Master of Arts in Art History (M.A.)
Type of Paper/Work
Heather M. Shirey
John Tenniel’s “Alice and the White Knight,” one of the illustrations he created for Lewis Carroll’s Through the Looking-Glass, is based on Albrecht Dürer’s famous engraving “Knight, Death, and the Devil.” This resemblance has been noted by art historians and Lewis Carroll scholars before, but its impact on the meaning of Tenniel’s drawing has never been thoroughly explored. At the time that Tenniel was creating the illustrations for Through the Looking-Glass, Dürer’s engraving, also known under the name “The Christian Knight,” was held to be a representation of a knight as an exemplar of moral and physical strength. This paper will show how by aligning his illustration of Carroll’s character with Dürer’s famous engraving, Tenniel was able to present the White Knight as being of good character, while at the same time presenting him as somewhat ineffectual by utilizing strategic differences from Dürer’s picture. It will also demonstrate how Tenniel was able to use the satiric vocabulary that he was familiar with from his time working at Punch to simultaneously link the White Knight to the Gothic Revival as well as to ridicule that movement. Beyond the specific analysis of this one drawing, this paper will ultimately seek to show that Tenniel’s Alice illustrations are worthy of serious study beyond their connections to Carroll’s text.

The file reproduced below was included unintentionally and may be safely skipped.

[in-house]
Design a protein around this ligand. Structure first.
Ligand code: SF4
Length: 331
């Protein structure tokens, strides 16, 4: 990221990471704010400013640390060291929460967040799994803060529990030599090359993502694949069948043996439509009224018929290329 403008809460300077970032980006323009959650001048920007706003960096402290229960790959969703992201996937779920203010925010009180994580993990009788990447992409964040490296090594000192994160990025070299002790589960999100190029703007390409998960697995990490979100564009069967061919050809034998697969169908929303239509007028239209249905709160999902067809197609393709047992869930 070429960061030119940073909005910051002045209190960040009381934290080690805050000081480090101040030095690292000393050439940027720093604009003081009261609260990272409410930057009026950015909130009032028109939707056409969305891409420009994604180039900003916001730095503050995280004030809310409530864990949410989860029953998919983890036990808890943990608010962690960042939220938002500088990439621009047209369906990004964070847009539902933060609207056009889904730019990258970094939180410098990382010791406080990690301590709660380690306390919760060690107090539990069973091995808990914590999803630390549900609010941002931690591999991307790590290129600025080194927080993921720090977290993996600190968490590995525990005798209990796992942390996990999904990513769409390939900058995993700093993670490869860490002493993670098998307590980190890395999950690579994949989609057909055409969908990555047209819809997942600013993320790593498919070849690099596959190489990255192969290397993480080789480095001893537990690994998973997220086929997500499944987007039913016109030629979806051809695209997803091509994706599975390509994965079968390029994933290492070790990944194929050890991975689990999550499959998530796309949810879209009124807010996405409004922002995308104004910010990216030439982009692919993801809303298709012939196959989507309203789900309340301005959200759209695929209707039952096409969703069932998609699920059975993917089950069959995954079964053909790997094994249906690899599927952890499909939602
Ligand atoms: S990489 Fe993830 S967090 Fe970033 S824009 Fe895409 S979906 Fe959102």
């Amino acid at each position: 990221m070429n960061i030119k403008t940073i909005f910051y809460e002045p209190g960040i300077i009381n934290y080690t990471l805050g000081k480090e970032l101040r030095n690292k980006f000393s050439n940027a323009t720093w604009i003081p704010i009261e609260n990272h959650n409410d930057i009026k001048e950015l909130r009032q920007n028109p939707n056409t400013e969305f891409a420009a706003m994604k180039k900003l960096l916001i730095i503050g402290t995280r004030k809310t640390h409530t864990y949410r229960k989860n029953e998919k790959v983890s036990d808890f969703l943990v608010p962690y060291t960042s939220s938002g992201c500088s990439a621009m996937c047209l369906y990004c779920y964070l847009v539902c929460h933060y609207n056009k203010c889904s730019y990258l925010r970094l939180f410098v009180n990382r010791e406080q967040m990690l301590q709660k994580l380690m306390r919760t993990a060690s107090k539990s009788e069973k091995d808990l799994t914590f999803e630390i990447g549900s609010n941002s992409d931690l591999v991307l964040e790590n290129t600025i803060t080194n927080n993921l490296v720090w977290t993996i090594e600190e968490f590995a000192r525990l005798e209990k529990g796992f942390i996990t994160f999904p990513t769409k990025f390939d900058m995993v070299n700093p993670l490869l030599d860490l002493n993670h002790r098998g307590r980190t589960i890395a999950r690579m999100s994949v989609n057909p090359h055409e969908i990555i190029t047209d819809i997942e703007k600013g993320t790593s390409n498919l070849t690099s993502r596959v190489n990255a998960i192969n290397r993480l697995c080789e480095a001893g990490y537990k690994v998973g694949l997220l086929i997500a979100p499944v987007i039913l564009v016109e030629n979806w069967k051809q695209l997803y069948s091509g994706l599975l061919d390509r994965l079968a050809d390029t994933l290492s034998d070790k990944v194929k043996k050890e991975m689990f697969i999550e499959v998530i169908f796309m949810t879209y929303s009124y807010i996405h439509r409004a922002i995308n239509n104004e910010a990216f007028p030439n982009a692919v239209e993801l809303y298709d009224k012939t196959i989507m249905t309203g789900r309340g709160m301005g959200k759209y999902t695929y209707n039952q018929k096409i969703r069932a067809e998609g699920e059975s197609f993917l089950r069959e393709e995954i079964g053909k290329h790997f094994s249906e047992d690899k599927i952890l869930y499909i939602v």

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Burnett, Jason K., "“Alice and the White Knight”: John Tenniel’s Satire of the Victorian Idea of the Medieval" (2022). Art History Master's Qualifying Papers. 58.